·Option 2 sets mandatory targets for waste reduction, reuse and recycled content in plastic packaging, requirements to ensure full recyclability by 2030 and harmonised product rules.

·Option 3 contains higher mandatory targets and additional product requirements.

The preferred policy package

Based on the assessment of the measures combined in the options, the overall preferred option is Option 2, in form of a Regulation. It contains the measures in Option 1 that are supportive or even pre-requisites to facilitate delivery on the mandatory targets and stricter requirements in a balanced approach, thus fostering achievement of the objectives and cost efficiency.

The core measures in the intervention area `prevention and reuse` are:

1.a reduction target of packaging waste per capita of 19% for 2030 compared to the baseline, equivalent to a 5% reduction from the 2018 values,

2.EU wide mandatory reuse or refill targets for packaging, where reuse is most effective and

3.the phase out of unnecessary or avoidable packaging. 

An important issue is the complementarity and coherence of the measures. Setting mandatory reduction targets of packaging waste per capita at Member State level is a chapeau measure in the intervention area of prevention and reuse, to which several measures contribute: whereas the EU harmonised measures are modelled to contribute to almost 60% of the necessary waste reduction, the Member States must ensure the remainder with national, internal market conform actions.

The crucial measure on recyclability is the establishment of design for recycling criteria, complemented by a recyclability assessment procedure.

As regards compostability, four plastics packaging types were selected out of a bigger group of packaging eligible for composting and will have to be compostable. All other plastic packaging has to be chemically or mechanically recyclable, in order to allow their recycling.

Another pilar of the package are ambitious targets for recycled content in plastic packaging. Out of the various enabling measures, the most important ones are the set-up of mandatory Deposit Return Systems (DRS) for certain packaging types, including minimum requirements for all DRS, and harmonised labelling of products and waste receptacles to facilitate consumers´ sorting.

The analysis concluded that measures in Option 1 alone are not sufficient to reduce packaging generation i.e., packaging waste would increase by another 17% till 2030. Moreover, the recycling rates would not increase, neither would high quality recycling and resource efficiency be enhanced. Finally, the GHG emissions would still increase compared to 2018. On the other side, the full set of measures in Option 3, alternative or additional to those in Option 2, are much more difficult to implement, could risk economic viability, and would cause significantly higher administrative burden. In reverse, the additional environmental benefits are less significant.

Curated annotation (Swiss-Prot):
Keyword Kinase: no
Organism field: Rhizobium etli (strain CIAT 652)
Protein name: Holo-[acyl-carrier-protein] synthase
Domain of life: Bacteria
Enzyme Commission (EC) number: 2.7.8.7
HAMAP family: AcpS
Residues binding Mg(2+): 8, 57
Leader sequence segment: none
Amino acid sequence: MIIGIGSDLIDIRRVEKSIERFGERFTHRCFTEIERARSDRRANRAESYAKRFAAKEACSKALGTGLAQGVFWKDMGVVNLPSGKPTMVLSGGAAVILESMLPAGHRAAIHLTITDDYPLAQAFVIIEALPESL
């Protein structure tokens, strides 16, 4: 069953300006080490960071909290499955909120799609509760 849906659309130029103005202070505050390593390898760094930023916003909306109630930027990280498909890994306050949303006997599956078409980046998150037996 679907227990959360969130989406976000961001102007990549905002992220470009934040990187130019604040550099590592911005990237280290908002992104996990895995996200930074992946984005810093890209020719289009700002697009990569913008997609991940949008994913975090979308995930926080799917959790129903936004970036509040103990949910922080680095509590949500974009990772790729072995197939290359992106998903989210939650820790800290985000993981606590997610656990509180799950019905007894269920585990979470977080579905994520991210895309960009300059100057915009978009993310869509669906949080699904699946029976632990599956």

However, a diligent case by case evaluation of the core measures was undertaken in order to detect elements outside measures in Option 2 to better respect the subsidiarity principle, as appropriate, and to take into account pertinent stakeholder positions and improve feasibility. Therefore, the preferred policy package is rather ´Option 2+´ than the pure Option 2.

Impacts of the preferred policy package

The modelling of the preferred option suggests for 2030 a reduction of waste generation by 18 million t compared to the baseline, and 3.1 million t compared to the 2018. The reduction in GHG is around 23 million tonnes CO2e (42% of the total annual emissions of Hungary) and monetised environmental externalities are reduced by EUR 6.4 billion, relative to the baseline projections for 2030.

Reduced waste management costs of EUR 4.2 billion, additional costs of reuse schemes and DRS of EUR 4.6 billion and reduced sales and consumption of packaging of EUR 51.7 billion result in overall economic savings of EUR 47.2 billion. In reverse, this option results in additional annual administrative costs of EUR 1.3 billion, mainly for certification of the packaging recyclability and of the recycled content in plastic packaging. The complex impacts on employment are estimated to result in a slight net increase of “green” jobs.

Only the measures on recycled content fostering resource efficiency reduce fossil fuel requirements of the EU by 3.1 million t per year (almost 1/4 of the fossil fuel needed currently for plastic packaging production). The overall decrease in fossil fuel needs of Option 2+ is difficult to quantify but the fact that the GHG savings of the recycled content measure represent 22% of the total GHG savings indicates an order of magnitude of 12-15 million t fossil fuel savings. Further, the measures to improve recyclability increase the overall packaging recycling rate from 66.5% in 2018 to 73% in 2030, whereas landfill is decreased from 18.7% to 9.6%. This push for circularity results in significantly reduced needs of virgin raw materials such as wood, glass and aluminium.

The preferred option package foresees specific treatment of SME`s and micro-enterprises to ensure that the impacts on them are proportionate. Requirements would apply in a non-discriminatory manner to EU and non-EU companies. The measures are not more trade restrictive than necessary to fulfil their environmental objectives.

Overall, moving towards a more circular economy within packaging would deliver benefits such as empowering consumers, reducing negative impacts on the environment and human health, reducing the EU`s import dependency for raw materials and fossil fuel, stimulating innovation and boosting economic growth, and finally reducing unnecessary household expenditures.